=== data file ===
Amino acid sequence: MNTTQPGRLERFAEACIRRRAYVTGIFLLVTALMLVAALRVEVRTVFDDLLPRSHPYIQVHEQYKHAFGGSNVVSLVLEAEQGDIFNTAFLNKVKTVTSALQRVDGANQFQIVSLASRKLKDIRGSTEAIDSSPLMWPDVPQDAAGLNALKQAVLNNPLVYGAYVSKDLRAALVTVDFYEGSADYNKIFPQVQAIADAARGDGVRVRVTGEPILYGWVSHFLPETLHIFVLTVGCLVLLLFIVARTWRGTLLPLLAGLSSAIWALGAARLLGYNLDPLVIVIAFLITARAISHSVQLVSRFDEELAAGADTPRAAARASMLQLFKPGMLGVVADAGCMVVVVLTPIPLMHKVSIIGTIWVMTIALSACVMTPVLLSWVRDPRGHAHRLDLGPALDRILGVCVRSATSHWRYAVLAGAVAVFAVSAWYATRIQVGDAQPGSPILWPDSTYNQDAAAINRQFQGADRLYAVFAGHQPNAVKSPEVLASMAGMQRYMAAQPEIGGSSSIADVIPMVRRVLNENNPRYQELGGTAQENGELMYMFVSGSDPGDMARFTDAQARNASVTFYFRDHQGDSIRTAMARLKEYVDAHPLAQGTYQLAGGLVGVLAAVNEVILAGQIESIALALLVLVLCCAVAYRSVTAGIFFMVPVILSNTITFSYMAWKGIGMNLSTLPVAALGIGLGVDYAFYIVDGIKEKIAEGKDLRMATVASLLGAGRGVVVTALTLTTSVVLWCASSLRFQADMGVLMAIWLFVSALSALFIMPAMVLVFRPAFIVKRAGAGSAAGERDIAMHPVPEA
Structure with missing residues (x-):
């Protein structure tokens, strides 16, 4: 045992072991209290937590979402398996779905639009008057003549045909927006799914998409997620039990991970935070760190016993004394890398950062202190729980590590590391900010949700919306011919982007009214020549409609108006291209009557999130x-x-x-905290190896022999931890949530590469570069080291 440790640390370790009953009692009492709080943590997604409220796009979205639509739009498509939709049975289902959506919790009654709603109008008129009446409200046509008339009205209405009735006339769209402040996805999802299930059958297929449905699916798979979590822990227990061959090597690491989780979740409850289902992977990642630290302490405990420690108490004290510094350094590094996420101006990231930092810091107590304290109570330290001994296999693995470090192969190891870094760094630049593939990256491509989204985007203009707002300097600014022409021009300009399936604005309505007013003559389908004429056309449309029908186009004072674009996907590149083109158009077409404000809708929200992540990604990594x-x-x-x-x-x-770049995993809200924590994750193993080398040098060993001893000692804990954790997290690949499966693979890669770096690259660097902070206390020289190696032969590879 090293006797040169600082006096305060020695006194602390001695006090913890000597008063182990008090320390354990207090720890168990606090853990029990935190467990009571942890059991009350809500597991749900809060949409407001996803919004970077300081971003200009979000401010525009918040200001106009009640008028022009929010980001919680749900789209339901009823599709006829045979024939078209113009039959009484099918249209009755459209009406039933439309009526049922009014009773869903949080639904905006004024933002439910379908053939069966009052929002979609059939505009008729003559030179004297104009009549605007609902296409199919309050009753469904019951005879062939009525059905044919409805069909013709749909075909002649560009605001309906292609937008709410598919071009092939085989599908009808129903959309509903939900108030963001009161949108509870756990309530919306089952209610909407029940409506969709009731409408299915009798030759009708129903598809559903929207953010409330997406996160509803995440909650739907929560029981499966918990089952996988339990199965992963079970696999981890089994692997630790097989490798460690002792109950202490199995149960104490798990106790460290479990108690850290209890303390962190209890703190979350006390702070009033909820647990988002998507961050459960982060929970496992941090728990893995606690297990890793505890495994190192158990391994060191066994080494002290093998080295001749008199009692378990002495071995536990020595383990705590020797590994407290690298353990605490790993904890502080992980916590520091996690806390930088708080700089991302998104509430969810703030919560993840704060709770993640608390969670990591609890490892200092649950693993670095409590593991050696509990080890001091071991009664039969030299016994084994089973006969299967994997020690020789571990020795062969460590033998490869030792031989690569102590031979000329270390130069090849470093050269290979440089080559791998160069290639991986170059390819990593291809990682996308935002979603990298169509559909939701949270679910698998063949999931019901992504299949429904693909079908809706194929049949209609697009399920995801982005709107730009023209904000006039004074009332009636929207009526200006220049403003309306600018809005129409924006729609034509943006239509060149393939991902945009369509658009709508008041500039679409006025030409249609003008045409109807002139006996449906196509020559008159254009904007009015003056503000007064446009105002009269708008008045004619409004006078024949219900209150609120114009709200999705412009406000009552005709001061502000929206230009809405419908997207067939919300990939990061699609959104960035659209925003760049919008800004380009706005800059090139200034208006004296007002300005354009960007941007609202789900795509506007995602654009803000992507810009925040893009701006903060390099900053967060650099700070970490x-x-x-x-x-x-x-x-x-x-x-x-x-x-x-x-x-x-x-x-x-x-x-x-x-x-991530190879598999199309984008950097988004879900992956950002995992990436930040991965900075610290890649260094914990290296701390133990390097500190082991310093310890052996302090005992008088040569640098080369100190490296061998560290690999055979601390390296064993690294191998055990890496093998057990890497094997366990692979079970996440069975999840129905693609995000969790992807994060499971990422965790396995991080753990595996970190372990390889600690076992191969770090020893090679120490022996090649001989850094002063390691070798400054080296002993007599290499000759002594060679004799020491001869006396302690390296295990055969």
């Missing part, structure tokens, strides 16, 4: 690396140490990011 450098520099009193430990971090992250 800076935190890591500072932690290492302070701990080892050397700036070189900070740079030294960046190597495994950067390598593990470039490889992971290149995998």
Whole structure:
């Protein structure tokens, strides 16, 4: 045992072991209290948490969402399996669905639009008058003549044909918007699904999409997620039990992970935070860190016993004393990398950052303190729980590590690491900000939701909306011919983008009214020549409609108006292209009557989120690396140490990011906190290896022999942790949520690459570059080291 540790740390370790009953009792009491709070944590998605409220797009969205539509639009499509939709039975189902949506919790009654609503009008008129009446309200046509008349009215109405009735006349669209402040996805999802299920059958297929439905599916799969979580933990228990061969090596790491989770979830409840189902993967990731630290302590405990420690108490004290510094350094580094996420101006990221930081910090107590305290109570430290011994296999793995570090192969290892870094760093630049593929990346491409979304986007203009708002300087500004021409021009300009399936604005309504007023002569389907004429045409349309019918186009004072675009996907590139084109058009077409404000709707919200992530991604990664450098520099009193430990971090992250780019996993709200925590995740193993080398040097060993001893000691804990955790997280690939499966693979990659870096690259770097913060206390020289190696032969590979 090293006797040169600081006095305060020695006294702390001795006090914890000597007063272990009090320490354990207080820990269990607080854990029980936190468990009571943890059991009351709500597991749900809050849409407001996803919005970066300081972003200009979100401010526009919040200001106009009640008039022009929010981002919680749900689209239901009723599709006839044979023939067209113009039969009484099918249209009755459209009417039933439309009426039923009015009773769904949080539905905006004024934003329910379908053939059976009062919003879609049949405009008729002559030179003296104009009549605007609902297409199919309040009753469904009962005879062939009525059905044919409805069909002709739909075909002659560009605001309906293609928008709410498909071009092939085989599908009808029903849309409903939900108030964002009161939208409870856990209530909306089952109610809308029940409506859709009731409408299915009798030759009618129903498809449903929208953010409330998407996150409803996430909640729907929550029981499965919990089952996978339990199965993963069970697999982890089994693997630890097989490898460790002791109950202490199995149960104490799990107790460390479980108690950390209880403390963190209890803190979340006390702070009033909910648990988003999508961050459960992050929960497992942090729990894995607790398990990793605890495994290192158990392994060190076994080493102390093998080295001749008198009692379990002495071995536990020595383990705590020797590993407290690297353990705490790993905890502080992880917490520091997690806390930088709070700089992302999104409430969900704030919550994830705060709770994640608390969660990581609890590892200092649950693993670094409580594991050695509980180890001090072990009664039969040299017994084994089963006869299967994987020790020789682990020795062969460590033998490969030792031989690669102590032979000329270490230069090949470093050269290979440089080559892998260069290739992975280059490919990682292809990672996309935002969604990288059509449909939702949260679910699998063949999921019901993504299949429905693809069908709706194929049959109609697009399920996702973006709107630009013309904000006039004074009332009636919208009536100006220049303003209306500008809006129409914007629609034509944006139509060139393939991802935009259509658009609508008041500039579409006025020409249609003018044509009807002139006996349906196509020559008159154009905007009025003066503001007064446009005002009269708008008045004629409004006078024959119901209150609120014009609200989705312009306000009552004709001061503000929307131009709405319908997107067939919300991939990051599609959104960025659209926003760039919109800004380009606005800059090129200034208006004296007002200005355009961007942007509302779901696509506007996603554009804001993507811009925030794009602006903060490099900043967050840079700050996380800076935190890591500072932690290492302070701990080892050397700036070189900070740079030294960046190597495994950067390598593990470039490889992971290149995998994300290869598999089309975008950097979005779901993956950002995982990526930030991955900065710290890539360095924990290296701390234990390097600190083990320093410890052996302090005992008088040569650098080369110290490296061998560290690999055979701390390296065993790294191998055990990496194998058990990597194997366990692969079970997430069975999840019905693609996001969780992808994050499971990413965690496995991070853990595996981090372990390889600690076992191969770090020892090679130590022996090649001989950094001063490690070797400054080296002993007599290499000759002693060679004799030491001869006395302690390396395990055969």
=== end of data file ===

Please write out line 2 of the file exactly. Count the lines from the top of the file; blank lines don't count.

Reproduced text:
Structure with missing residues (x-):